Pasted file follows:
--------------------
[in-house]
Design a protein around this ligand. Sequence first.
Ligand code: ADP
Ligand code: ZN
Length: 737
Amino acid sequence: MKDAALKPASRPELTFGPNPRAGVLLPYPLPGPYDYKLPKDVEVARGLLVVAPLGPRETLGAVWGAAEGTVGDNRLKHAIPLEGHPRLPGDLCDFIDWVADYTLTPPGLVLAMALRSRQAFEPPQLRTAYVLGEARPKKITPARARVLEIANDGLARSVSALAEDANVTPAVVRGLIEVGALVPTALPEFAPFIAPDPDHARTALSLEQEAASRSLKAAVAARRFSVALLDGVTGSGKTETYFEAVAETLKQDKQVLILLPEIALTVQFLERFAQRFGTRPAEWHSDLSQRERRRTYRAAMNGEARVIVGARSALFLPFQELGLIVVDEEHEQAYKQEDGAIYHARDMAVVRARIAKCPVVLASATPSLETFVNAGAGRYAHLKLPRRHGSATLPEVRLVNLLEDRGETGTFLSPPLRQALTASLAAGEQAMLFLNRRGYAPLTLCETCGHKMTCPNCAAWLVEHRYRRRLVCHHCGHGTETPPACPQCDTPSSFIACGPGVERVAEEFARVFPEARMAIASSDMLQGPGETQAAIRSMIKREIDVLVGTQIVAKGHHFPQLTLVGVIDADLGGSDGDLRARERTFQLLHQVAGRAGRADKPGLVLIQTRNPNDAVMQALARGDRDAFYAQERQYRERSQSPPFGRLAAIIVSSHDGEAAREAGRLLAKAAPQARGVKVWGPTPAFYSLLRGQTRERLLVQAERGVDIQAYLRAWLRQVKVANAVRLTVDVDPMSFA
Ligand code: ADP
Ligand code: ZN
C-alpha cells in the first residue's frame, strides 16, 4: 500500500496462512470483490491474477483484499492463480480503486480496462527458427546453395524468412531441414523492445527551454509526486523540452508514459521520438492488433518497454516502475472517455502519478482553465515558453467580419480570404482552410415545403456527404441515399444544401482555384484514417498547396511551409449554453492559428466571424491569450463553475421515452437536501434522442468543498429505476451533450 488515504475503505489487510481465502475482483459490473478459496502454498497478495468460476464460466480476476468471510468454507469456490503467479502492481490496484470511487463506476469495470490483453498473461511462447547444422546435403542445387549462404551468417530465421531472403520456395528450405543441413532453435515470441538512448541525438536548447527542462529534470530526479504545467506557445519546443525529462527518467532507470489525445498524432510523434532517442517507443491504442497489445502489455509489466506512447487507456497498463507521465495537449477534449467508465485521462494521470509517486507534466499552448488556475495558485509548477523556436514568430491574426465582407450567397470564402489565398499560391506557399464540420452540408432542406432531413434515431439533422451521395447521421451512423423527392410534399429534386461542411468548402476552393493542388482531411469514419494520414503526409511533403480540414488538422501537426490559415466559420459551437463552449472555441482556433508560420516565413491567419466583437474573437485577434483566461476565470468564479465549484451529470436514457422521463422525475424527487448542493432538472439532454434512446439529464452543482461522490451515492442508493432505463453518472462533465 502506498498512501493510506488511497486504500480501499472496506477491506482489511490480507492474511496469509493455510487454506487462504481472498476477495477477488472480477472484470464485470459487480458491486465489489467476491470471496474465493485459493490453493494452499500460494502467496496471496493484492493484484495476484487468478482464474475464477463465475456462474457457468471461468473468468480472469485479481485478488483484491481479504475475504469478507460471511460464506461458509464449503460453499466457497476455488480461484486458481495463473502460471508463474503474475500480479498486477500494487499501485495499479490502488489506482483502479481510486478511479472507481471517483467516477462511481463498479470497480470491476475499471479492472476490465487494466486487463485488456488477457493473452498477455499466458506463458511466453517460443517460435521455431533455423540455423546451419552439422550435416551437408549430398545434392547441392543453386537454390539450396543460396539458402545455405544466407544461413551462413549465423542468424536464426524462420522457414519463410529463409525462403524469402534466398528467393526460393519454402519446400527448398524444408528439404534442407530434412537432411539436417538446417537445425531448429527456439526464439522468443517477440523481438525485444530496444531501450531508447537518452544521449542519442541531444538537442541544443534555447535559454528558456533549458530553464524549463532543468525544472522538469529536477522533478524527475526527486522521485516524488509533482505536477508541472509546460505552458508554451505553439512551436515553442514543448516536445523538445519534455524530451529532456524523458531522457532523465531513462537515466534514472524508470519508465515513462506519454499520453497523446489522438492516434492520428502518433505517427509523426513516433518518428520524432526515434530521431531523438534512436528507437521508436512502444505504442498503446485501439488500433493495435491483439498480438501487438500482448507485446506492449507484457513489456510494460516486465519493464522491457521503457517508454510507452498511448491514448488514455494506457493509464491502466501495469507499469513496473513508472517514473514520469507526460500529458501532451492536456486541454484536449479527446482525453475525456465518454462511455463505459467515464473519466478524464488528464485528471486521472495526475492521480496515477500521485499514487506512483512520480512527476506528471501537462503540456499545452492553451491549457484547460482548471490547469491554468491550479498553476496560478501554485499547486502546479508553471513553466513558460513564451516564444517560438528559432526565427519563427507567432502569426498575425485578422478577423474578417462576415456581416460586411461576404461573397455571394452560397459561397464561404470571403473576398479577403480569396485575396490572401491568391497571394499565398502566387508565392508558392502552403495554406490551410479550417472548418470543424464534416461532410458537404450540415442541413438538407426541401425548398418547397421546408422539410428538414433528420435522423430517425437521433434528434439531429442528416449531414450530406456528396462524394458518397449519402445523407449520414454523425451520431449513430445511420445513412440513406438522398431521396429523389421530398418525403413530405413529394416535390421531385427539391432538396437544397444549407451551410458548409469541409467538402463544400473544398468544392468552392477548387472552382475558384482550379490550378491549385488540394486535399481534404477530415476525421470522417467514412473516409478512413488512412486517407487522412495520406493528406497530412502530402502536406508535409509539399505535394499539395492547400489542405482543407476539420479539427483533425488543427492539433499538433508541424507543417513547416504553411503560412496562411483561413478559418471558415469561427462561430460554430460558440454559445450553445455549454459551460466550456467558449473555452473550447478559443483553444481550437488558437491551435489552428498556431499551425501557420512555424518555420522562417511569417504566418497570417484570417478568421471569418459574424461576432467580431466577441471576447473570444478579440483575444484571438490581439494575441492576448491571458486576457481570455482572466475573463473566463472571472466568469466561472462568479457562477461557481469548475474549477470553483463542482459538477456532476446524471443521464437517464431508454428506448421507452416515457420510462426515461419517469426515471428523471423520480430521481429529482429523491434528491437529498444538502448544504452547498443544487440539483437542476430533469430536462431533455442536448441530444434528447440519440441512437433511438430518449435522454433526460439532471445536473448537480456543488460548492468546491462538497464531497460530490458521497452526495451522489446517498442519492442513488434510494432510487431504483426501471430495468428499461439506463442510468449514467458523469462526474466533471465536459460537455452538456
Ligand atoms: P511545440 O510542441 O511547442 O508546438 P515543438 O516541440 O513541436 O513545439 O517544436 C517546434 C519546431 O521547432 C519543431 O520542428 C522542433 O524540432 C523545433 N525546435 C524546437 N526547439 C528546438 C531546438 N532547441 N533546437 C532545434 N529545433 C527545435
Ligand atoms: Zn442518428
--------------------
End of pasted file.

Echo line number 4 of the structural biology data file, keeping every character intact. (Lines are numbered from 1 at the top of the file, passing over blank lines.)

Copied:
Ligand code: ZN